(UPDATED 5:11 p.m.) The state Bond Commission is expected to approve $10.5 million in borrowing at its final 2013 meeting Friday, including a $1.8 million project which has Republicans alleging campaign finance violations on the part of the Democratic Party.
Among other projects, the commission is scheduled to approve $1.8 million in bonding for capital improvement planning to the Hartford XL Center, which is managed by Global Spectrum. The funding is needed by the end of the year in order to meet the project’s timeline. The project is scheduled to begin in March and conclude by next October to accommodate the 2014 hockey season.
However, in August, Edward Snider — CEO of the Pennsylvania company that operates Global Spectrum — made a maximum donation of $10,000 to the state Democratic Party.
In addition to managing the XL Center, the company manages Rentschler Field in East Hartford. The Capital Region Development Authority, a quasi-public agency Democratic Gov. Dannel P. Malloy created last year, awarded Global Spectrum the contracts to operate the two facilities in February. Malloy also sets the state Bond Commission’s agenda.
Republican gubernatorial hopeful and Senate Minority Leader John McKinney called Snider’s donation to Democrats’ state PAC a clear violation of campaign finance laws because he is considered a state contractor. He said the donation should be investigated.
“Mr. Snider doesn’t live in Connecticut and has never given to the Connecticut Democratic Party before. But, all of the sudden, at the same time his company is bidding for a multi-million dollar state contract, he decides to write a check for the maximum contribution of $10,000 and, lo and behold, is awarded the contract to manage the XL Center and Rentschler Field,” McKinney said in a Tuesday statement.
House Minority Leader Larry Cafero echoed McKinney’s comments.
“This bond appropriation ought to be pulled until the questions surrounding the donation of $10,000 by Mr. Snider to the Democrats can be resolved,” Cafero said in a letter to OPM released by his office. “There is a contract to manage the XL Center by a subsidiary of Snider’s parent company and state contractors are barred from giving money to the state party accounts. This needs to be addressed immediately.”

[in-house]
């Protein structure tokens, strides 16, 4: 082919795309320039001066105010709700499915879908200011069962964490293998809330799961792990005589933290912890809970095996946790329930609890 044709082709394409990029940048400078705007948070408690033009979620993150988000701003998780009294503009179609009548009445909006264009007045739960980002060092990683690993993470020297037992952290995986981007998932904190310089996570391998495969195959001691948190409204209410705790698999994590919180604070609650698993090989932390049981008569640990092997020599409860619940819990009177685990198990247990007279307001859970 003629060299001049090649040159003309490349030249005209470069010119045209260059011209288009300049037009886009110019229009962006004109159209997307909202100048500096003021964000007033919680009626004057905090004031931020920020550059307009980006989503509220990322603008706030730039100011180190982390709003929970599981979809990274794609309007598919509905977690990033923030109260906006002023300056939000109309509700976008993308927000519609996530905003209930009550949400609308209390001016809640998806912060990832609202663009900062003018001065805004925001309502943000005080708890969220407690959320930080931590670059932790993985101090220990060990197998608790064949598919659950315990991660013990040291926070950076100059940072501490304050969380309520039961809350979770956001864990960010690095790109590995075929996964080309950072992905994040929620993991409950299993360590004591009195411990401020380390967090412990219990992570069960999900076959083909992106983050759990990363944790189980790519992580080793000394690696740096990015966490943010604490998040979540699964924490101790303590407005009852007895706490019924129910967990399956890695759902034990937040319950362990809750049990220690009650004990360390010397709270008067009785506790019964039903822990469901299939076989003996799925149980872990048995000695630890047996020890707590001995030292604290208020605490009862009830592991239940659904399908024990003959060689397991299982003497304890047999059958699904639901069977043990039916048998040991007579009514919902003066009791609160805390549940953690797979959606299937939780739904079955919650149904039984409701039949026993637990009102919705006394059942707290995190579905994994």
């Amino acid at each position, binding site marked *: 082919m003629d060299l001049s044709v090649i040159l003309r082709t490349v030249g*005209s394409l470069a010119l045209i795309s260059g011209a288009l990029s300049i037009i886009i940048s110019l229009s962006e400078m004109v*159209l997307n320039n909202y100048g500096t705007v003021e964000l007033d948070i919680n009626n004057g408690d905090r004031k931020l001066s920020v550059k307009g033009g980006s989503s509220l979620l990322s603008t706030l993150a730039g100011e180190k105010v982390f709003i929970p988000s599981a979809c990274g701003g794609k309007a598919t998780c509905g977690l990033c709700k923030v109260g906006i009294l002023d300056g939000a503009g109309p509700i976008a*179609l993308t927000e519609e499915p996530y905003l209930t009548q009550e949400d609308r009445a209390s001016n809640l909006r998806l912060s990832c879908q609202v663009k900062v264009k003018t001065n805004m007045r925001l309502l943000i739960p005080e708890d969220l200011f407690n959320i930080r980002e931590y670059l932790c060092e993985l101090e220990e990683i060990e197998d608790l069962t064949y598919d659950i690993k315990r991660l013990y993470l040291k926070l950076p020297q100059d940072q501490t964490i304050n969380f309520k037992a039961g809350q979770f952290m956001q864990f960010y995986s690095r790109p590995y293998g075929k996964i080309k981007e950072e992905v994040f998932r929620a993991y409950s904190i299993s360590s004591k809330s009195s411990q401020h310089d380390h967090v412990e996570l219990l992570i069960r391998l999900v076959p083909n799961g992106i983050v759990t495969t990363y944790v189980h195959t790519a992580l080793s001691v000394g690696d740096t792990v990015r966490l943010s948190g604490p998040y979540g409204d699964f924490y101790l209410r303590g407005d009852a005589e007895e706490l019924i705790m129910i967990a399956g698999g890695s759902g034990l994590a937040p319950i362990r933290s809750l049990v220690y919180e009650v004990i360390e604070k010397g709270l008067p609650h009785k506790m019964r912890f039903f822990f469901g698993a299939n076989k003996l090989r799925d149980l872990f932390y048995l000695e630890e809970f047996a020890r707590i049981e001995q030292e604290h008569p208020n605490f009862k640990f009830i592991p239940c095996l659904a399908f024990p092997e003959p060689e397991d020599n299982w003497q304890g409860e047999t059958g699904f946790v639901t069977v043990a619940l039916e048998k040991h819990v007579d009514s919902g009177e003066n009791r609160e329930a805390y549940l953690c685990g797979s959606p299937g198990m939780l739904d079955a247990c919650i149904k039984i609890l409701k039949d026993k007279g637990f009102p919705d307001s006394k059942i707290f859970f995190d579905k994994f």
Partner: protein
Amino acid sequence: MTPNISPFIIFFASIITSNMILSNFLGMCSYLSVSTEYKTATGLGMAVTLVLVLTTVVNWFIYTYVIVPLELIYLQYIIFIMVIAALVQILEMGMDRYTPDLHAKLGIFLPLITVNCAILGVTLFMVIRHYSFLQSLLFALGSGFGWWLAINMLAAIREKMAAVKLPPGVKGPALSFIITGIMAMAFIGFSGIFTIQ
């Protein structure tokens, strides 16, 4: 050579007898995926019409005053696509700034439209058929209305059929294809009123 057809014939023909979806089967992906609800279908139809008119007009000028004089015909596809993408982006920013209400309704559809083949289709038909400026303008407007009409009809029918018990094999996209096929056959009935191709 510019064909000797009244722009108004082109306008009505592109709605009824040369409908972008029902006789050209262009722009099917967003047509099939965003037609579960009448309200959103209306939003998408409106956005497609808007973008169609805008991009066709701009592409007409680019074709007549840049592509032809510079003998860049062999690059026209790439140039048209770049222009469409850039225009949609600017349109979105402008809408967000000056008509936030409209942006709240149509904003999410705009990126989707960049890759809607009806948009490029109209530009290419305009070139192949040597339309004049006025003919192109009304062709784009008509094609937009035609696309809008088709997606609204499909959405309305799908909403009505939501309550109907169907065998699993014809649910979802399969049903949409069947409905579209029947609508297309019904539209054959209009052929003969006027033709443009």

The contract was awarded by the state before the Aug. 23 donation by Snider.
Asked about the contribution Wednesday, Connecticut Democratic Party Executive Director Jonathan Harris said “we follow all the rules and regulations under state and federal campaign finance laws.”
He said the party will continue raising money “within the law.” He declined to elaborate on whether he thought Mr. Snider was a state contractor.
Cheri Quickmire, executive director of Common Cause in Connecticut which spearheaded the landmark 2005 changes to campaign finance law, said if Mr. Snider is a state contractor then “it’s a problem.”
She said the law prohibits state contractors and lobbyists from contributing to state party accounts.
The changes to the law came about after former Gov. John G. Rowland resigned and later pleaded guilty to corruption charges for accepting gifts from state contractors.
Friday’s Bond Commission agenda also includes $4 million in funding for a home foreclosure prevention program and $1.3 million to help Windham acquire and renovate space for a senior center. It borrows $1.5 million to help the city of Hartford build a new police substation.
The commission will also approve $1 million to help the HomeServe USA Corporation move its headquarters from Stamford to Norwalk. The emergency home repair company is set to receive state aid as part of an agreement to create 130 jobs and retain 109 jobs.
“The state’s investment in support of HomeServe’s relocation will help foster further growth for the company and create good-paying jobs with good benefits for Connecticut residents. HomeServe is a company that continues to be a leader in this innovative segment of the service industry and we are pleased that they call Connecticut home.” Malloy said in a statement Wednesday.
Friday’s meeting is expected to close out 2013 and will leave Malloy less than $10 million below the self-imposed $1.8 billion borrowing limit he set for the year.
Christine Stuart contributed to this report.